For the past seven weeks now, Milpitas Unified School District’s (MUSD) Child Development Center (CDC) Summer Program has been in operation, serving 30 students by way of daily in-person instruction.
Located at Rose Elementary School, the center is a true model for what the reopening of schools might look like come the Fall. Working to ensure that all health and sanitation protocols are in place, the Rose CDC team aims to consistently create a safe environment for all students who come into their classrooms.
In March, as COVID-19 was spreading throughout Santa Clara County, MUSD’s CDC programs closed, along with all of the other schools across the county’s districts. But on June 8, the Rose CDC was able to reopen and begin serving families of essential workers.
“Many were heading back to work in nursing and food industry and transportation,” said Dr. Gerry Lopez, MUSD’s Coordinator for Early Childhood Development. “So when we extended service to our existing families, we quickly filled to capacity, which is three classes.”
Although the student-to-teacher ratio allowed by the County is 12 to 1, Dr. Lopez mentioned that they decided on a 10 to 1 ratio, in keeping with what is recommended by the California Department of Education.
The three classes at the Rose center consist of one preschool class, one TK class, and one school-age class. In the current format, they only have space enough for 30 students.
“During a regular summer, we’d have 24 full-day preschool, and 90 part-time students…and usually around 50 school-age students at two centers, across Sinnott and Rose,” said Dr. Lopez. “This year, we only have one school-age class and the Sinnott program is closed.”
During summers, MUSD’s CDC program behind Weller Elementary, known as Sunnyhills CDC, is always closed, and so students from that program also go to Rose. At present, the Rose summer program estimates two Sunnyhills students.
On July 1, the Rose center was allowed to start offering services to children from families with nonessential workers. However, since they had already reached capacity with the essential worker families, they had no room for anyone else.
During the regular school year, the Rose CDC program serves 60 part-time preschool students, 24 full-day preschoolers, and 40 school-age students in grades K-6.
“One thing we learned is that when you decrease your ratio from 24 to 1, and go down to 10, you will need two and half times the number of classrooms to take care of all students,” said Dr. Lopez.
Not only that, but with the decreased ratio, more staffing is necessary to ensure the new protocols are implemented and followed.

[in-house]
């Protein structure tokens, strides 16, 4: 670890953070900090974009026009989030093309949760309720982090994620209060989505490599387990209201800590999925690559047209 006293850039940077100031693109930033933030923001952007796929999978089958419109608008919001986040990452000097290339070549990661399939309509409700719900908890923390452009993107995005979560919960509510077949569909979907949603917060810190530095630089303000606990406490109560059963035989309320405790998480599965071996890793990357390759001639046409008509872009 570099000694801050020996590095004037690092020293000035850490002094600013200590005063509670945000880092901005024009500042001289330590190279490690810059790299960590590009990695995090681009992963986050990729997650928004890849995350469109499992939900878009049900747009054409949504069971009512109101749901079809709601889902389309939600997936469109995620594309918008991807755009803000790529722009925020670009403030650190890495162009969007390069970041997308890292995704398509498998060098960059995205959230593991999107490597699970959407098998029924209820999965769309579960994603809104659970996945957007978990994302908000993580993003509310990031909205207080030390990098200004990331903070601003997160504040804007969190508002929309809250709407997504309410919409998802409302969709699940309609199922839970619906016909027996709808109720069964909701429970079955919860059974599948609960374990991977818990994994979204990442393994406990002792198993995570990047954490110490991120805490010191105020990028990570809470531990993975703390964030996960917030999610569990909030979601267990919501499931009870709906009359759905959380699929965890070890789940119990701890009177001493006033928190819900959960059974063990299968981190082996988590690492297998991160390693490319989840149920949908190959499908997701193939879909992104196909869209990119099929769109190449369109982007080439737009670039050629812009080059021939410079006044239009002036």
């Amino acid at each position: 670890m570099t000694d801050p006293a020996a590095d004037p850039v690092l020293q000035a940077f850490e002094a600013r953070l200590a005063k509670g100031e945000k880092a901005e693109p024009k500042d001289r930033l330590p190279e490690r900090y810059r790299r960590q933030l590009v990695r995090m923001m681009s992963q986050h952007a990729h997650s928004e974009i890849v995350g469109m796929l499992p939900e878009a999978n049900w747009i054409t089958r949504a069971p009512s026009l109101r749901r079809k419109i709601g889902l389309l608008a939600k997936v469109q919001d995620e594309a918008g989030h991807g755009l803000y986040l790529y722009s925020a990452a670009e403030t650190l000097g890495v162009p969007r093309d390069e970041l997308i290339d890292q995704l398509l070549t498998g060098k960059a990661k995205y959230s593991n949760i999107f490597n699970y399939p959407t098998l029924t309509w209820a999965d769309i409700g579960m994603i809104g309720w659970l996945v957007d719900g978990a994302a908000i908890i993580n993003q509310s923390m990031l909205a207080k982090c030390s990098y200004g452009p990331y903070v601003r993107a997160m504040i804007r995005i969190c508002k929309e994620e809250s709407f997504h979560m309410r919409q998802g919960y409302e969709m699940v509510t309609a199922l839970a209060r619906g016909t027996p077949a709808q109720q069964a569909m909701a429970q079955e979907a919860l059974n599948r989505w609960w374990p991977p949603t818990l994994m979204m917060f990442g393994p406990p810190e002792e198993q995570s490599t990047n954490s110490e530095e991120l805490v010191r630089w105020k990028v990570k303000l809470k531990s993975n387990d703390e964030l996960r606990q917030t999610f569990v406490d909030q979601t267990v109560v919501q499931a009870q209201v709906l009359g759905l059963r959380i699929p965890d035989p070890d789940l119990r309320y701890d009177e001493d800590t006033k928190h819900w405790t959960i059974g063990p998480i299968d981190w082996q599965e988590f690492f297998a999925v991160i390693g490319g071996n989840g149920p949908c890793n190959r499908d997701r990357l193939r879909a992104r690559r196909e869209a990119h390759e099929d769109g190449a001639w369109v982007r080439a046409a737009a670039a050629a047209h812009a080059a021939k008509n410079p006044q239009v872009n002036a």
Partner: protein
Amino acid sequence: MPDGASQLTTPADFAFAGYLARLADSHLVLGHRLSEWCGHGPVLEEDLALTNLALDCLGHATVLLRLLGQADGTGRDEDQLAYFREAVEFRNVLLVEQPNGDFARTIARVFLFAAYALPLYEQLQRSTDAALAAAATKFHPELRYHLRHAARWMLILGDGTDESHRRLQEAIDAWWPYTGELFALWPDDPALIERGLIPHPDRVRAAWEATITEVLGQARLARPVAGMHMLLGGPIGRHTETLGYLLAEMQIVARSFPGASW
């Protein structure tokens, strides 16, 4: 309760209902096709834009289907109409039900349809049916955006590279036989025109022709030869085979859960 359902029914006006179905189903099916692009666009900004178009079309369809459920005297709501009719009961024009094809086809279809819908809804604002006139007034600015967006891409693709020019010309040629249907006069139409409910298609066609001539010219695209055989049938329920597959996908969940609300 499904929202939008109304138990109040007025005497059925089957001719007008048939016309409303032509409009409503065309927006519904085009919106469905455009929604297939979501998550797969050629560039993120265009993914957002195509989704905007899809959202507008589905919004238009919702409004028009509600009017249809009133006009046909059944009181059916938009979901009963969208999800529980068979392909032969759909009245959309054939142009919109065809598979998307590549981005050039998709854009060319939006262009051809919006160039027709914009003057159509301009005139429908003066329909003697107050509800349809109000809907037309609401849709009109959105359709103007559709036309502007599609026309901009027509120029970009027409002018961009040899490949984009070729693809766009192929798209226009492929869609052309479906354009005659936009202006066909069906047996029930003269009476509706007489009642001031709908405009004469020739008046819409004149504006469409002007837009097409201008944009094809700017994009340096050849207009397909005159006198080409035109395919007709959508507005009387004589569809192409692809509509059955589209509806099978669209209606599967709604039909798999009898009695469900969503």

“Right now, we’re operating very thin. For the 30 students, we have six and a half classroom teachers…the half works part-time as a floater,” Dr. Lopez explained.
Due to all the demands of the full-day program, Dr. Lopez juggles various tasks. He’s the coordinator, supervisor, and also a staff member; he helps to cover breaks, clean, and make copies, doing all he can to keep things running smoothly.
Children have their temperature taken a few times a day. The staff is consistently cleaning and disinfecting, and everyone frequently washes their hands. All the teachers also wear masks.
“Constant monitoring of protocols is undertaken and designated staff carry out the constant sanitizing of manipulatives, classrooms, and outside equipment,” shared Assistant Superintendent of Learning and Development Norma Rodriguez. “Lunches are distributed following a prescribed process which ensures that children can be provided with nutrition services in as safe a manner as possible.”
MUSD Board President Hon Lien, who recently took a tour of the Rose CDC, is pleased by how smoothly the program has run so far:
“According to our licensing consultant, we are the only LEA [Local Education Agency] based program in Alameda County and Santa Clara County that is opened,” said President Lien. “This program is a model. Right now [across MUSD] all the school site supervisors, janitorial services, principals, staff—they are sitting down, meeting almost every day just to brainstorm and get ideas of how reopening would be. They are working hard to be ready for the school year. We know that cases are on the rise. So we’re making changes that are about risk reduction. ”
Dr. Lopez sees what they’re achieving at the center as a micro experiment of sorts; one that has helped them to see how to implement health and safety procedures across all schools come the Fall.
“It’s very doable,” said Dr. Lopez. “It just takes a lot of planning. It’s giving all of us [at MUSD] a heads-up of what to expect when we open our full TK to 12th grade in the Fall.”
Once the Fall sessions start, the Rose CDC will be on a hybrid class schedule, along with the rest of MUSD. In this model, students will be attending class a couple days a week, and for the rest of the week engage in distant learning. Rose will also be running an after school program, as they usually do during the year. Last week, Governor Gavin Newsom announced that any county on the state’s monitoring list can only open for in-person instruction once that county has been off the list for 14 days. Santa Clara County is currently on the list.
This year, after 30 years, Rita Elmore, one of Rose CDC’s staff members, retired from her position. Dr. Lopez mentioned that Elmore is an “incredible lady” who, even though she is officially retired, still comes in a couple days a week to help out at the center.
The Rose Child Development Center has been in existence for nearly five decades. Many past students who are now college-age often pop in to say hello to their past teachers, and sometimes parents will sign their children up, nostalgic about their own time as children in the program.
“We have the privilege of serving the grandchildren of some original preschoolers that came to our program back in the 70s,” said Dr. Lopez. “It’s very much a community beacon.”